Scripture: Lectionary: 505: Daniel 5:1-6, 13-14. 16-17.23-28. Daniel
Responsorial and verses Dan. 3: 188.8.131.52.66.67. Luke: 21:12-19
Daniel continues his enthralling gifts of language, wisdom, and
interpreting of dreams and signs. In this chapter we are presented the
scene of a mysterious wrist and hand appearing on a wall where Belshazzar,
the son of Nebuchadnezzar,is celebrating with his officers and their wives.
They are desecrating the gold, silver, and copper cups that were taken from
the Temple by drinking from them. Suddenly the puzzling words MENE, TEKEL,
PERES are seen on the wall and all are frightened. Daniel is called in to
interpret them. They are what will be decided against the king and his
nation. First, the days of the kingdom are numbered (Mene); the balance
shows that the king and his courtiers are found wanting; and finally,
(Peres) the kingdom will be divided among two powerful nations of the Medes
and the Persians.
These unusual words were written in Aramaic but in such a way that only
Daniel a Hebrew could ferret out their meaning after reading down and then
across them. The literal translation of the words refer to coins: a maneh
is a shekel, then another shekel, and finally a shekel and a half. The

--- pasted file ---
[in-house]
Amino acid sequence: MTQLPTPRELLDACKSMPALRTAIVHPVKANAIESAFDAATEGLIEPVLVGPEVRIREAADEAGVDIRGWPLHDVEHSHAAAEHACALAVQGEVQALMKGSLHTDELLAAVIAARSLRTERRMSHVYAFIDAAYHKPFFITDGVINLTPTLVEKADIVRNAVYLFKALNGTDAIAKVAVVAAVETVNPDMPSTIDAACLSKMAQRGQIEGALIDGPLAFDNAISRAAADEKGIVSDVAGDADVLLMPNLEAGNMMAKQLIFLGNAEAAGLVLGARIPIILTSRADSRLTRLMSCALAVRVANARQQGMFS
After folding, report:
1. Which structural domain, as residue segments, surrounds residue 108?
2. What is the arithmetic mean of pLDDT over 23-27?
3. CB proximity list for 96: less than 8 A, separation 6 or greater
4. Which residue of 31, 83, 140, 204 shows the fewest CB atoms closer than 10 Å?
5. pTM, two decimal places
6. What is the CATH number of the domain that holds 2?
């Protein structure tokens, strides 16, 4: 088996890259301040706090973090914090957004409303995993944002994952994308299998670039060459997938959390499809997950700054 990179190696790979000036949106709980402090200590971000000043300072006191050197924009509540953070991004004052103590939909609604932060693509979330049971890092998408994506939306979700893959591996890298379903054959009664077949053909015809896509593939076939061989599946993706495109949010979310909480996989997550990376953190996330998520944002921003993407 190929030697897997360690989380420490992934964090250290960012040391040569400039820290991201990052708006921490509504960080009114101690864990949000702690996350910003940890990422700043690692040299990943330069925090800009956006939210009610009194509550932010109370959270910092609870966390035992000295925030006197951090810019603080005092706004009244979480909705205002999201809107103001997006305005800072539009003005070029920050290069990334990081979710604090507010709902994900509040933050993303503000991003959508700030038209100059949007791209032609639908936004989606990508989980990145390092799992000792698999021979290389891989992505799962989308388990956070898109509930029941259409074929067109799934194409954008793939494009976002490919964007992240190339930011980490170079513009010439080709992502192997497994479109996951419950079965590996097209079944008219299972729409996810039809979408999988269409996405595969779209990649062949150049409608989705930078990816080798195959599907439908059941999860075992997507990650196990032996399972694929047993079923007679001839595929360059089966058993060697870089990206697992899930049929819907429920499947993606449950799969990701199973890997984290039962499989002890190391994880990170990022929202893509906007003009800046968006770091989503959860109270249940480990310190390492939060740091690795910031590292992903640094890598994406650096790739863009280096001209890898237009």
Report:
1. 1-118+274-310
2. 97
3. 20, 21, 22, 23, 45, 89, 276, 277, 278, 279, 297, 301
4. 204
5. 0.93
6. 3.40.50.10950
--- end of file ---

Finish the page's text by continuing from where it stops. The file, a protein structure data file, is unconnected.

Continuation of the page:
author thus is using a code for a play on words that are interpreted by
Our response is a continuation of chapter three from Daniel and thus ties
in with the message of the book through the canticle of the three young men
liberated by God from the flames of the furnace.
We are helped in appreciating the aims of the Book of Daniel, namely, God
frustrates the plans of the powerful and protects his servants in such
times of danger, oppression, and temptation. They are to remain faithful to
the living and everlasting God of Israel. Its consoling message shows us
there is a Divine Plan (thus God is working through and behind history in a
most salvific manner. God’s plan will eventually bring an end to the
trials of the righteous.
In turning to the Gospel we see that Jesus is preparing us as faithful
disciples to trust that we will be able to endure the sufferings and
oppression we may face from threats, wars and violence. The reading
continues what the Feast of Christ the King celebrates as God’s victorious
Son overcomes all evils and death. Amen.